Creation of a family is a basic human right. If you have concerns about having a baby or about infertility, there is good news! Many of the issues that cause infertility can be treated by your doctor or family planning center health professional, so begin there as a first step. If additional treatment is necessary, your doctor or family planning center can send you to a specialist in infertility.
Disparities in access to effective treatment for infertility in the United States
In the United States, many individuals with impaired fertility go untreated or under-treated. Economic, racial, culture, geographic, and other disparities exist in access to effective treatments and in treatment outcomes1.
The National Survey of Family Growth (NSFG) reported that during the period 2006-2010, just 38% of American women who have never given birth with current fertility problems had ever used infertility services, and most commonly those services only included medical advice and testing1. Other methods available for treating infertility include:
- Assisted reproductive technology (ART)
- Intrauterine insemination
A study also conducted by The College of New Jersey for Ferre Institute revealed some interesting trends related to the extent to which individuals of African descent identify with the problem of infertility.
- Some believed that infertility and sterility are one in the same
- Many believed that infertility only pertained to women and sterility pertained to men.
- Men often equate fertility with potency. This myth often contributes to the persistence of the couple’s infertility due to the male’s unwillingness to participate in the diagnostic process.
- 100% of the respondents indicated that information about infertility is not easily accessible and often is too complex; written in medical jargon that is not easily understood by the lay public.
- Most respondents were spiritually connected and believed that “God will take care of it”.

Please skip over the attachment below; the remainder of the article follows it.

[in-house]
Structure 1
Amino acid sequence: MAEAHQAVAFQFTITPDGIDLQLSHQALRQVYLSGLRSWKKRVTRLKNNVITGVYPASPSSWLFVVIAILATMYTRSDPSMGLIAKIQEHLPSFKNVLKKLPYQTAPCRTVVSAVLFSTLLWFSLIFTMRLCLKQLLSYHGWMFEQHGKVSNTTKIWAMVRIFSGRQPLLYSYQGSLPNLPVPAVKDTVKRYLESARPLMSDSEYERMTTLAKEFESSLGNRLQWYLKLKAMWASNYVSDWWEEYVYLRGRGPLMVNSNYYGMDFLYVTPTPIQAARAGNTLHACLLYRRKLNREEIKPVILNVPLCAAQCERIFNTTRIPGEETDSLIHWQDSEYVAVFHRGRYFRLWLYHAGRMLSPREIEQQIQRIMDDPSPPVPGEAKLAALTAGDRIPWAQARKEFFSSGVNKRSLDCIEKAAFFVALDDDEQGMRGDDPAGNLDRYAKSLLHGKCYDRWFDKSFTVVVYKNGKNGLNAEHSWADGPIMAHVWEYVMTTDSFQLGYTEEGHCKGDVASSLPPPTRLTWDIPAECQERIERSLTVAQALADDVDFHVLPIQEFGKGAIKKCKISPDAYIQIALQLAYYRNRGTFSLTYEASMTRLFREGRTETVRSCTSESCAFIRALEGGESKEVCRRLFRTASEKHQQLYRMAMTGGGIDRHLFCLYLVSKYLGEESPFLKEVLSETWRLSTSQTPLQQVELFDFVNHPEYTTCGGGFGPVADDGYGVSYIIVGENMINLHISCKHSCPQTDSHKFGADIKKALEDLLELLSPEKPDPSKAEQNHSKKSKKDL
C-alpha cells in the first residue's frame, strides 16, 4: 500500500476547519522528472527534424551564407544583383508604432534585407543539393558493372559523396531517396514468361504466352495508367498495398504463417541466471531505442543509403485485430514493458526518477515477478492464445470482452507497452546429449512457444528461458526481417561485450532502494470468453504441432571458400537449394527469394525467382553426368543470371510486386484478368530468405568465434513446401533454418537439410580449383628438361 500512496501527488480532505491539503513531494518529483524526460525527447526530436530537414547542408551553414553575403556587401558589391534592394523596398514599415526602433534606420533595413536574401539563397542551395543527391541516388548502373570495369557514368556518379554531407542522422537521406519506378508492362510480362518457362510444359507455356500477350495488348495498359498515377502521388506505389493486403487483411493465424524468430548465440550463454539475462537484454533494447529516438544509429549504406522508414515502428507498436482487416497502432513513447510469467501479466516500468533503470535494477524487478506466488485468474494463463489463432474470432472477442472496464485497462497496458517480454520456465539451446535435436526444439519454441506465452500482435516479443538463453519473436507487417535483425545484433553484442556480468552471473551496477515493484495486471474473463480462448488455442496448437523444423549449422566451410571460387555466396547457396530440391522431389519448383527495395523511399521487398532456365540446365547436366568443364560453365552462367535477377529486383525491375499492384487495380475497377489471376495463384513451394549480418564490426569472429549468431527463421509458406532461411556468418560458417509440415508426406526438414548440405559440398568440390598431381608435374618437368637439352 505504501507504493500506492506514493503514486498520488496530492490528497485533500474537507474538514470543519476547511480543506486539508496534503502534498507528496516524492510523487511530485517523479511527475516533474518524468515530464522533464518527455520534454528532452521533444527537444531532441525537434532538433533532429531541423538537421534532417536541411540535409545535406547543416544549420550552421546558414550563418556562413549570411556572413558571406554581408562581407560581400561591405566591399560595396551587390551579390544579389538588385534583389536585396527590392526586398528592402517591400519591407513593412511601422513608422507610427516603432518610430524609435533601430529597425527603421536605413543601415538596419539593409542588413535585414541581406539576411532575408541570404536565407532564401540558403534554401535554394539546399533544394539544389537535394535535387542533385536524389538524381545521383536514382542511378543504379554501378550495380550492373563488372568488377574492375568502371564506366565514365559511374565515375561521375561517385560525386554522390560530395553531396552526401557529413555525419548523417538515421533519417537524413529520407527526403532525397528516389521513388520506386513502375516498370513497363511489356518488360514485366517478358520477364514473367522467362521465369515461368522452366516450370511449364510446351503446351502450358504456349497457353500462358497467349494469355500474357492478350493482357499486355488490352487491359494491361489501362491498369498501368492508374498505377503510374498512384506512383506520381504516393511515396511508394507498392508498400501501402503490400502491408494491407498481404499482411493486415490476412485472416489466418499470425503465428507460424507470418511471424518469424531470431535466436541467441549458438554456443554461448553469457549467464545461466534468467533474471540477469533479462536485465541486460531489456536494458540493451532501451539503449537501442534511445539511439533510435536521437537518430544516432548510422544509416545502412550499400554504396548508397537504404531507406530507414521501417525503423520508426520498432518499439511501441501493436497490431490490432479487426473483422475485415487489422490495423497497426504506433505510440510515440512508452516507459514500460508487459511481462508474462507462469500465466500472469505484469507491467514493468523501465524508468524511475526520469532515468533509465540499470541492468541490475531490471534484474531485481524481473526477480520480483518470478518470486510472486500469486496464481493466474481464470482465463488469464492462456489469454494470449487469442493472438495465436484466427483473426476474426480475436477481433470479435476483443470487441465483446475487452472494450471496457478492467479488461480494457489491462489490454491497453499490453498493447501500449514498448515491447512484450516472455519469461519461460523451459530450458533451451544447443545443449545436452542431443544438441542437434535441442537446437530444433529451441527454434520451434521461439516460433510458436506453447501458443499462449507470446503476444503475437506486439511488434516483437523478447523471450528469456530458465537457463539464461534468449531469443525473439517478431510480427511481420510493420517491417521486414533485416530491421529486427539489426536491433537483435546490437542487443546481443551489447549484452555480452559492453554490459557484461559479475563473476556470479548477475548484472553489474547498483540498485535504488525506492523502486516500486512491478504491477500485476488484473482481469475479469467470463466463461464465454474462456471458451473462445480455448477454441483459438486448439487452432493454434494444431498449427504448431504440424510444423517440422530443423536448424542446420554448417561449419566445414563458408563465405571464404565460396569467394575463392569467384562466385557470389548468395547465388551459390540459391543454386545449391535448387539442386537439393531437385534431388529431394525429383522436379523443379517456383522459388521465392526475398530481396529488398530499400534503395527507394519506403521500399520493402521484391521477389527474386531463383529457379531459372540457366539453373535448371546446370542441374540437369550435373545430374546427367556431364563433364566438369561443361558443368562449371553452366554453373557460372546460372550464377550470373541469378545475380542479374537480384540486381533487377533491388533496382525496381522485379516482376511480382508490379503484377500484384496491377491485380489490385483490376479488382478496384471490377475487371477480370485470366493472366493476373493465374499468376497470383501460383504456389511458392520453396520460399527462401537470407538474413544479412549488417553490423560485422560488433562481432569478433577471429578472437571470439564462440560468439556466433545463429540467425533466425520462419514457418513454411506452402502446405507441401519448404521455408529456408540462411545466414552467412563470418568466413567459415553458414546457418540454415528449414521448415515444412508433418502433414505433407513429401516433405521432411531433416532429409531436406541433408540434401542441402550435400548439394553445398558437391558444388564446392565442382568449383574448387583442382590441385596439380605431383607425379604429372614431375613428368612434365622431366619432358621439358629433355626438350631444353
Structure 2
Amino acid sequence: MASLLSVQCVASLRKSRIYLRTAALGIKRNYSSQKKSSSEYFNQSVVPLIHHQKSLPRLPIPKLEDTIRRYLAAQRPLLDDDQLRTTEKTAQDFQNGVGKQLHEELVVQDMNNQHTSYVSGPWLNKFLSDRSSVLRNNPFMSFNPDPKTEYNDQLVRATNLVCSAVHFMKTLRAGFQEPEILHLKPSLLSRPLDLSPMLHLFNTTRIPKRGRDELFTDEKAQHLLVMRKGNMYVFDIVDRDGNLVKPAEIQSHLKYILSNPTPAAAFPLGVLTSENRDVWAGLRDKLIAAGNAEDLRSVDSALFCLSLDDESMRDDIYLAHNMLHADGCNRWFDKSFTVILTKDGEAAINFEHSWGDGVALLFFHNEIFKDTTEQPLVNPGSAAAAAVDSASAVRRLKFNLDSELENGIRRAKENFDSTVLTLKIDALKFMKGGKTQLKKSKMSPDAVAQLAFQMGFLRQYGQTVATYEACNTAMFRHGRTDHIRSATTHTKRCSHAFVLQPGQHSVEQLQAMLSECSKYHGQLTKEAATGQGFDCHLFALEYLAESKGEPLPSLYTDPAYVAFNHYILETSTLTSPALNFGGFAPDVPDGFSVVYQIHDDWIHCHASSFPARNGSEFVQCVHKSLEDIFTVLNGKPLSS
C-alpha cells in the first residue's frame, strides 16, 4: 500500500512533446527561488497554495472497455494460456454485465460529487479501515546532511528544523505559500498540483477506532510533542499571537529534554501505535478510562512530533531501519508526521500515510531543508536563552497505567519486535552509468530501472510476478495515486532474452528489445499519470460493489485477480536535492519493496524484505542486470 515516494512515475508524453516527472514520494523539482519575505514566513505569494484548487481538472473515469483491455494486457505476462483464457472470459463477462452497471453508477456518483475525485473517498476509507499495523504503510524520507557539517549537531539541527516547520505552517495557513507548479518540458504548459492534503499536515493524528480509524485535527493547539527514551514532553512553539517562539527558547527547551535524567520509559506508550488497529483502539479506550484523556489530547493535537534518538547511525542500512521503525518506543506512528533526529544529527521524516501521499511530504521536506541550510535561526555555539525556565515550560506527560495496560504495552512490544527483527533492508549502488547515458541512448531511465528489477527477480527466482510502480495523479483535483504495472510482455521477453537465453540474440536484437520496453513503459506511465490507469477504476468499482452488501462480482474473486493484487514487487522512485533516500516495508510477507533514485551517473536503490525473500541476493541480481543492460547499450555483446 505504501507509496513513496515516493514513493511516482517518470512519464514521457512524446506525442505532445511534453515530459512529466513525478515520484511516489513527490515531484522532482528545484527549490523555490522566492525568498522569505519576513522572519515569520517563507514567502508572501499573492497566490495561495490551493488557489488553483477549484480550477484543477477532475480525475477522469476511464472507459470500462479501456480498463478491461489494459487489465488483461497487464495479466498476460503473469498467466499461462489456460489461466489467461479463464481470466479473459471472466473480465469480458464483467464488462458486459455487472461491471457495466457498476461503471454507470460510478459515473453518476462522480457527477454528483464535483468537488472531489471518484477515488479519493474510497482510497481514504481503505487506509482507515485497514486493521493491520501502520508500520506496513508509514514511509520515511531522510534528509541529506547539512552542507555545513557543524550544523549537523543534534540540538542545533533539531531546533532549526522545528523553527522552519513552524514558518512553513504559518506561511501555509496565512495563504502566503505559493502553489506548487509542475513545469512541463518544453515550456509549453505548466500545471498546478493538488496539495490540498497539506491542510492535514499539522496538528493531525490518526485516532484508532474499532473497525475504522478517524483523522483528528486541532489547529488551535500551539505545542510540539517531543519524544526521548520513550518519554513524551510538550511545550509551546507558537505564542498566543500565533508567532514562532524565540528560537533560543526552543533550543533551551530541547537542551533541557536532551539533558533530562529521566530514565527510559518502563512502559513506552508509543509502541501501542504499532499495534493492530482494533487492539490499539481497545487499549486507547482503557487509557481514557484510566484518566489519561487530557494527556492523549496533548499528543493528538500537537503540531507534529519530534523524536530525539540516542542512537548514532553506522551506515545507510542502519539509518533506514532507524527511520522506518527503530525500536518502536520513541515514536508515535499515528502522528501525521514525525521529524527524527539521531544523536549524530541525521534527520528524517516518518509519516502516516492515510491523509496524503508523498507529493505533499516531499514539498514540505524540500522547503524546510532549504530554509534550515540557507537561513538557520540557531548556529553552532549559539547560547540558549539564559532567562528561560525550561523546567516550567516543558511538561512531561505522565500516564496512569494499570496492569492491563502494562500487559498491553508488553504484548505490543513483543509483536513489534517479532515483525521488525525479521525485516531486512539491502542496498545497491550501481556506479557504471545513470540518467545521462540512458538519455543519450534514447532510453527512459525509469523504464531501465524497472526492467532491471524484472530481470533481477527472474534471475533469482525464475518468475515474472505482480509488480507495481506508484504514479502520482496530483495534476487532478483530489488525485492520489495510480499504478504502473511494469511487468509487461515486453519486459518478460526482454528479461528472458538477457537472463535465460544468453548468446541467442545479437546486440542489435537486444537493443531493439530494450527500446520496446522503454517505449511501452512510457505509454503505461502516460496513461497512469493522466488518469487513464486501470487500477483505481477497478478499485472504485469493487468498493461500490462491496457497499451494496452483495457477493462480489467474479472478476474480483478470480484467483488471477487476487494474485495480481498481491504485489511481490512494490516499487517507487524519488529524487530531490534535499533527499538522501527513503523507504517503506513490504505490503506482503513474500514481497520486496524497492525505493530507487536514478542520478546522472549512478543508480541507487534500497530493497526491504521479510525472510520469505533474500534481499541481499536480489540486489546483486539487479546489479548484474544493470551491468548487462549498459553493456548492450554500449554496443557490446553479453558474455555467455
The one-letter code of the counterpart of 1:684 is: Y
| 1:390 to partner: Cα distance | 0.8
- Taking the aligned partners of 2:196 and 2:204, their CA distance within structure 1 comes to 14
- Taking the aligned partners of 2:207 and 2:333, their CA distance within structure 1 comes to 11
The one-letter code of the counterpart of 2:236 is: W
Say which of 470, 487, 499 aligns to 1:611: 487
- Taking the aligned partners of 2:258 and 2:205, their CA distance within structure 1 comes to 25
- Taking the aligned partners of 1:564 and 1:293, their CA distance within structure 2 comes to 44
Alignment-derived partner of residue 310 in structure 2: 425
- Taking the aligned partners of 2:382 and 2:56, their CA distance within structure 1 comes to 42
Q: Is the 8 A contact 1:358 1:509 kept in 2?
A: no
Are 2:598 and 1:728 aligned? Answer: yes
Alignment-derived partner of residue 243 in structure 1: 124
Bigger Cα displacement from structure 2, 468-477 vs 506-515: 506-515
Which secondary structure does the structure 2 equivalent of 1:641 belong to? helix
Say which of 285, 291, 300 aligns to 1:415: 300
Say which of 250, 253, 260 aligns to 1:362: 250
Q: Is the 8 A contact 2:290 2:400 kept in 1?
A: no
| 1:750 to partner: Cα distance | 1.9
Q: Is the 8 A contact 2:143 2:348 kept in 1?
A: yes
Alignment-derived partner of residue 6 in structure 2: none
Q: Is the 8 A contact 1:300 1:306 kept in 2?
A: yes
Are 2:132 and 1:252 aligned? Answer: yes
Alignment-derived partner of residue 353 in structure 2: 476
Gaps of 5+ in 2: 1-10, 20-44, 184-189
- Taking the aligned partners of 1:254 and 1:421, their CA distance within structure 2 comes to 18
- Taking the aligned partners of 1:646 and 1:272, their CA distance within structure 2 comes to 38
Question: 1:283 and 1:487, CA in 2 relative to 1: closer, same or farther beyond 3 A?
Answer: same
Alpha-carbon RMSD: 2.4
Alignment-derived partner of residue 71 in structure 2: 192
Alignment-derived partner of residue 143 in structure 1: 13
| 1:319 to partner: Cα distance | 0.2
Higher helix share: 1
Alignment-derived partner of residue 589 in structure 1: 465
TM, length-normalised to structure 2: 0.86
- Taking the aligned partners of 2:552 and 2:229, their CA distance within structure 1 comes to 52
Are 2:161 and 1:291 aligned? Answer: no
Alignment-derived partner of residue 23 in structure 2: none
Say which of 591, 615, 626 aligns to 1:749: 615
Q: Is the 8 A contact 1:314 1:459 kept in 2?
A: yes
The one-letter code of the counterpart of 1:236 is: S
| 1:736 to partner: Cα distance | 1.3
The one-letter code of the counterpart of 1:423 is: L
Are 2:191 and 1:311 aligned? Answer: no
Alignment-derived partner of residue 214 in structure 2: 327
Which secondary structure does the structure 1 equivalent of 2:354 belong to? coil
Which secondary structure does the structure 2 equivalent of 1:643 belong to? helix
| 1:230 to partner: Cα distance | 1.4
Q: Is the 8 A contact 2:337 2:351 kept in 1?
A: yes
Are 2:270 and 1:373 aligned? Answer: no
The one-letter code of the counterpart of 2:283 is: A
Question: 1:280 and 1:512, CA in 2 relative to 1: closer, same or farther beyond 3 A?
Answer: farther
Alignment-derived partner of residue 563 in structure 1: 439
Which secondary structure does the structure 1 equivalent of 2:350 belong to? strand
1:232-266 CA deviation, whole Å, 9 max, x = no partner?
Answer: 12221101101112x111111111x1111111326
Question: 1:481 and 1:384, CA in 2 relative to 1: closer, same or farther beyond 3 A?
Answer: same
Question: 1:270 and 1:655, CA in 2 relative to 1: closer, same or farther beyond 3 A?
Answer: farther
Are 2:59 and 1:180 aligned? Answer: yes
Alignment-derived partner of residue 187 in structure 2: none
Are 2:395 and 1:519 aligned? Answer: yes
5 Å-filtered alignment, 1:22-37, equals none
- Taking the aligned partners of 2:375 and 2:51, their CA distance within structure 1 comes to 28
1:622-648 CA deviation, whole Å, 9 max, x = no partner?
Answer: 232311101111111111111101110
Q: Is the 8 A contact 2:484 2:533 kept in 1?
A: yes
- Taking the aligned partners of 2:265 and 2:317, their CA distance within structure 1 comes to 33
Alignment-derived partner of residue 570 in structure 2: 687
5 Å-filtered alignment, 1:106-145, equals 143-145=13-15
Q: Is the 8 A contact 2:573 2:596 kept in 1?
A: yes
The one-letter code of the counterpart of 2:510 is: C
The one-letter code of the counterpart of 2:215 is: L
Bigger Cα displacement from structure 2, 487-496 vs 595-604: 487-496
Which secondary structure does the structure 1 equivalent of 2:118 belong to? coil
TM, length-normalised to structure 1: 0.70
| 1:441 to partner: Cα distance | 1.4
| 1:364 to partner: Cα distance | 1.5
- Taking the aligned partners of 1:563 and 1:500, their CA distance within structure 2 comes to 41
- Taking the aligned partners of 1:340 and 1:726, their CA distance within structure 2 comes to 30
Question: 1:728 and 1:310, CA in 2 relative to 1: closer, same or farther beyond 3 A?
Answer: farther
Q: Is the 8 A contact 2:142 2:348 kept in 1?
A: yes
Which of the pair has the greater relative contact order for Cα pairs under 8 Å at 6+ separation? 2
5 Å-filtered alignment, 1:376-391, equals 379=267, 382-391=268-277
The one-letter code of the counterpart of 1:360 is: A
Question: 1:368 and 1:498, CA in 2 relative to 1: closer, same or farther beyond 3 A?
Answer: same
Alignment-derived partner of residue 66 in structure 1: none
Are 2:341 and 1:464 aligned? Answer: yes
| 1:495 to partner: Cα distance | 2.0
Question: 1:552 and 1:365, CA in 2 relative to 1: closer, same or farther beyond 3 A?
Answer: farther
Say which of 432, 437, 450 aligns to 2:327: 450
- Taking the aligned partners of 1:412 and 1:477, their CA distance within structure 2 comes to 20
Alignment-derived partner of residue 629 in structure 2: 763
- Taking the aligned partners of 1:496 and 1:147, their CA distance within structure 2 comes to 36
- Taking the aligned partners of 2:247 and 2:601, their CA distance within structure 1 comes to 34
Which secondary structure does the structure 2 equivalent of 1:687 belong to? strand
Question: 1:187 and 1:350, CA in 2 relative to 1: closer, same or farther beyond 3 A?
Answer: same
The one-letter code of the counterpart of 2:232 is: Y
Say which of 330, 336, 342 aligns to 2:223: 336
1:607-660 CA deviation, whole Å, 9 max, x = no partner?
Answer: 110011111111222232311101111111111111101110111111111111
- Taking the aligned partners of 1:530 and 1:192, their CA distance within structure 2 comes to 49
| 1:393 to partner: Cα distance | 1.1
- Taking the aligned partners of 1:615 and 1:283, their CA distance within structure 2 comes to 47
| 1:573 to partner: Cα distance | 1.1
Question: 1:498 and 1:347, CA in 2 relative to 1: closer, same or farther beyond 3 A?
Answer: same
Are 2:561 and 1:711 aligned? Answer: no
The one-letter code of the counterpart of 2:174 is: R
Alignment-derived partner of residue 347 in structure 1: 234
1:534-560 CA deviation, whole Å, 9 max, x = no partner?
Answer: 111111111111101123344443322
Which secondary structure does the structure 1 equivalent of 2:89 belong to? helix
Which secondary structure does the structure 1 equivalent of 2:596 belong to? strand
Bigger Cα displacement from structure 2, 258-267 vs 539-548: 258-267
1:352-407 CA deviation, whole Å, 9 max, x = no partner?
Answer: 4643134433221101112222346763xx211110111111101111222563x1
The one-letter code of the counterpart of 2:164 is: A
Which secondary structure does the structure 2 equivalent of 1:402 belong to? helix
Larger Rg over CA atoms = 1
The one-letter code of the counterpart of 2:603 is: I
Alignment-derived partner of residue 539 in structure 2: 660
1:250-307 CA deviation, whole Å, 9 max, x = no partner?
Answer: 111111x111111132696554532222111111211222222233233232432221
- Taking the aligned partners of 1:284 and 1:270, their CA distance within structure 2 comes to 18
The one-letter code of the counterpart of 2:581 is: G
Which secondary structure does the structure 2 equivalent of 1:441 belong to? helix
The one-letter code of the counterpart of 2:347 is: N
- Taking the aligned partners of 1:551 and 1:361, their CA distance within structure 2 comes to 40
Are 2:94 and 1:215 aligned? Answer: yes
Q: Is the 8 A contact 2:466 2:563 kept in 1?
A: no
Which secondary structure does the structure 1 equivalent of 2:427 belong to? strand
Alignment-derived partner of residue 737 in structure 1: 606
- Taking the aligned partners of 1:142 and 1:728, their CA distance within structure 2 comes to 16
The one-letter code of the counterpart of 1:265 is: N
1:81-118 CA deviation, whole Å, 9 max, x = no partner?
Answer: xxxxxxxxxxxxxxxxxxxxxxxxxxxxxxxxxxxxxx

State mandated insurance coverage has been shown to increase approximately 3-fold the utilization of infertility services; however, mandates apply only to persons who have private insurance, and only to those policies that must comply with the state insurance law. This means that infertility coverage may not be available to people who are uninsured, who obtain health coverage through Medicaid or other government programs, or who obtain health insurance from employers that are either self-insured, too small to be subject to the mandate, or based outside of the mandated state.1
Studies have shown that even in states with comprehensive infertility mandates, infertility care is utilized at a higher rate by non-Hispanic white women of high socioeconomic and educational status.
Infertility is not just a woman’s problem
It is a myth that most causes of infertility are related to a woman’s reproductive health.
- 30% of cases are caused by female reproductive problems
- 30% of cases are caused by male reproductive problems
- 30% of cases are caused by BOTH male and female problems
- 10% of cases of infertility are unexplained
Key Statistics on Infertility from the National Survey of Family Growth (NSFG)-Centers for Disease Control and Prevention (CDC)
Percent of all married women 15-44 years of age who are infertile (i.e., who are not surgically sterile, have not used contraception in the past 12 months, and have not become pregnant), 2011-2015:
Percent of currently married, childless women 15-44 years of age who are infertile.
By current age, 2011-2015:
15-29 years: 8.7%
30-34 years: 11.0%
35-39 years: 23.0%
40-44 years: 26.2%
Percent of women 15-44 years of age who have ever received any infertility services, 2011-2015: (7.3 million).
Percent of women 15-44 years of age who have ever received infertility services.By type of service, 2011-2015:
Medical help to prevent miscarriage: 5.4%
Tests on woman or man: 5.2%
Ovulation drugs: 4.2%
Artificial insemination: 1.4%
Percent of childless women 15-44 years of age who have ever received any infertility service.
By current age, 2011-2015:
15-29 years: 3.6%
30-34 years: 13.4%
35-39 years: 21.5%
40-44 years: 23.7%
1 Disparities in access to effective treatment for infertility in the United States: an Ethics Committee opinion. Fertil Steril 2015;104(5):1104-10.
2 Huddleston HG, et al. Racial and ethnic disparities in reproductive endocrinology and infertility. Am J Obstet Gynecol 2010;202(5):413-9.